Last week was Queen Elizabeth’s Platinum Jubilee, and for those of us stateside that might not know what that means, it marks the 70 year anniversary of the Monarch’s reign. The people of England turned out in droves, with street parties, concerts, and festivities celebrated over four days to celebrate the Queen and all things royal. For many of us across the pond though, royal jubilation is somewhat of a mystery. We know who she is, but what does she do?
According to research by Statista, the Queen’s personal brand is the most recognized in the world, surpassing the Kardashians, Oprah, Obama, and Bill Gates. While she may not have a job title anyone could easily describe, her brand is powerful. Let’s take a look using values, as we would with any other brand, to understand how the Queen’s communicates powerful ideas to not only England, but the whole world.
This one might be obvious for an institution that’s lasted over 1,000 years, but the Queen’s brand of tradition is more than waving Union Jacks and performing ceremonious acts that have lasted centuries. You might remember her James Bond skit from the 2012 Summer Olympics, or this year’s Jubilee Tea with Paddington Bear, both examples of the creative ways the Queen remains both classic and current as a way to sell what it means to be British.
Surely, using the same coronation spoon for 700 years and the daily changing of the guards communicates a commitment to history, monarchy, and pride in the nation’s rich history, but the Queen manages to play tradition in two ways, by also engaging with contemporary pop culture in subtle ways to enhance the idea of the family as a modern and forward thinking, and by extension the country as well. Amidst the backdrop of demands for reparations and colonial reckoning, it may not be enough, but it’s an effort to espouse a positive and palatable form of progressive Britishness that won’t polarize the nation.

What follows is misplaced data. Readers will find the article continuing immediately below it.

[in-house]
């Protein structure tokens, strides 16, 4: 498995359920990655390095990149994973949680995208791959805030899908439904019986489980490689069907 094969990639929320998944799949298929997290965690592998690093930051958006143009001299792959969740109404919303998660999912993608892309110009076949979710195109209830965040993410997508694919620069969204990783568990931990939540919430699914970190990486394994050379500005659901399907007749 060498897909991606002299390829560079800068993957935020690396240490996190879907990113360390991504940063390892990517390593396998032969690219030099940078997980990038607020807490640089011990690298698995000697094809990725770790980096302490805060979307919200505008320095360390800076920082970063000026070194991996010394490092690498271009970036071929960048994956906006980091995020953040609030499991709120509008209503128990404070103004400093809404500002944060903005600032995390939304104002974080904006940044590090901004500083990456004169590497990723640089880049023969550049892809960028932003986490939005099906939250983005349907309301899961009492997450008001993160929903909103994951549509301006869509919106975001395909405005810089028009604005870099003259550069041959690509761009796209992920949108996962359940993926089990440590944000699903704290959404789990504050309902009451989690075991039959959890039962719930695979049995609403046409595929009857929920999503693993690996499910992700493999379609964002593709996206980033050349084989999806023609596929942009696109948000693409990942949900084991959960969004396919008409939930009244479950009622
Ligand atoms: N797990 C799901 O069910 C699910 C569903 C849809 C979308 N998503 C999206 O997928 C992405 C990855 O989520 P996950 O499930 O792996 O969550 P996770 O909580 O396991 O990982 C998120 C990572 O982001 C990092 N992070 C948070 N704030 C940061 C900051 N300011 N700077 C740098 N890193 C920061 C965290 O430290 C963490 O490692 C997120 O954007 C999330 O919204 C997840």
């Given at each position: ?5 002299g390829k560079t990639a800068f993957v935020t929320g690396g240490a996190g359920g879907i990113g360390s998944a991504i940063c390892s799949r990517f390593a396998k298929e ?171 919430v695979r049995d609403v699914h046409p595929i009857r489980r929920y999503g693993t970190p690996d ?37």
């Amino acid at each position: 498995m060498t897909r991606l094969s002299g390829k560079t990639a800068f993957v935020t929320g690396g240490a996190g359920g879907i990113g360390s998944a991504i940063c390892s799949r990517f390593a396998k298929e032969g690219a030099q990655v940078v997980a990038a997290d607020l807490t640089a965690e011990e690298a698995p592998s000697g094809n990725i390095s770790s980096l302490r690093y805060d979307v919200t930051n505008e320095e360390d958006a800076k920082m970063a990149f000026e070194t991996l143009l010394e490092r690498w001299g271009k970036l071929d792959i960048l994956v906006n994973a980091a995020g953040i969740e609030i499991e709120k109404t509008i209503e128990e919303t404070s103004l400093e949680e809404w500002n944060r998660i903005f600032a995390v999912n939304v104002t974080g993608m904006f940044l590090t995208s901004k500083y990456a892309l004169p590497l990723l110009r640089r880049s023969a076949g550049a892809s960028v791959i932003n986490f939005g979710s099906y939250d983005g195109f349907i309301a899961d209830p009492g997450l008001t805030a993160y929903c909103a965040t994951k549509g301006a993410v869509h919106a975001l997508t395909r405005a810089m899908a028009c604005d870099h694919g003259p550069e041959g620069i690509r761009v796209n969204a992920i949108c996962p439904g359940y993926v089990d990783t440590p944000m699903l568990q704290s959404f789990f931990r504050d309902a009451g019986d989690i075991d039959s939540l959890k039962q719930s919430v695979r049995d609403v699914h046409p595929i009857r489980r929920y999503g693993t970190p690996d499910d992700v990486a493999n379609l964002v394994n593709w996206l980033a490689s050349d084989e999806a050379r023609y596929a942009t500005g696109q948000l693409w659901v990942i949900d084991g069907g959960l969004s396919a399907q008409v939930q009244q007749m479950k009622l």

Benevolence is a value that similarly evokes a sense of unity and equality. For the Queen and the Royal family, this largely looks like charity work and philanthropy around the world. From the public perspective, this is what they spend most of their time doing, but it’s more than a way to pass the time and share some of their enormous wealth. On the family’s website, it states, “The Sovereign acts as a focus for national identity, unity and pride; gives a sense of stability and continuity; officially recognizes success and excellence; and supports the ideal of voluntary service.”
Again, presenting the idea of Britain as a country that’s open, welcoming, and in service to those less fortunate. The branding of the Queen’s celebrations itself heavily involved mobilizing festivities on a national and local level, making the idea of unity all the more expected of British nationals. Whether you’re a royalist or not, the chances of you still going to a street party are high, since celebrating the Queen is communicated as a way to celebrate unity and welcomeness more generally.
Lastly, the question of the Queen’s final decline is not far from anyone’s lips, and added an extra weight to this year’s Jubilee given that she’s 96 years old. It just takes a quick Google of ‘The Queen of England’ to see countless articles speculating on the state of her health, whether she’s still alive at all, and what will happen in the immediate moments after she does pass. For a figure that doesn’t impact much on British politics of daily lives of those in the country, it says a lot about her symbolic presence that such hysteria exists around her absence.
For most people, this is the only Queen of England they’ve known, and there’s a sense of stability in the way she’s represented the nation so consistently over the years. She is the last link to the age of empire (only literally), and in a time of political turmoil post-Brexit, and increasing political divides everywhere, many wonder what things will look like without her unifying presence. Given the strength of her brand, it will be interesting to see how much truth is in the old expression ‘Long Live the Queen’.
Thanks for reading!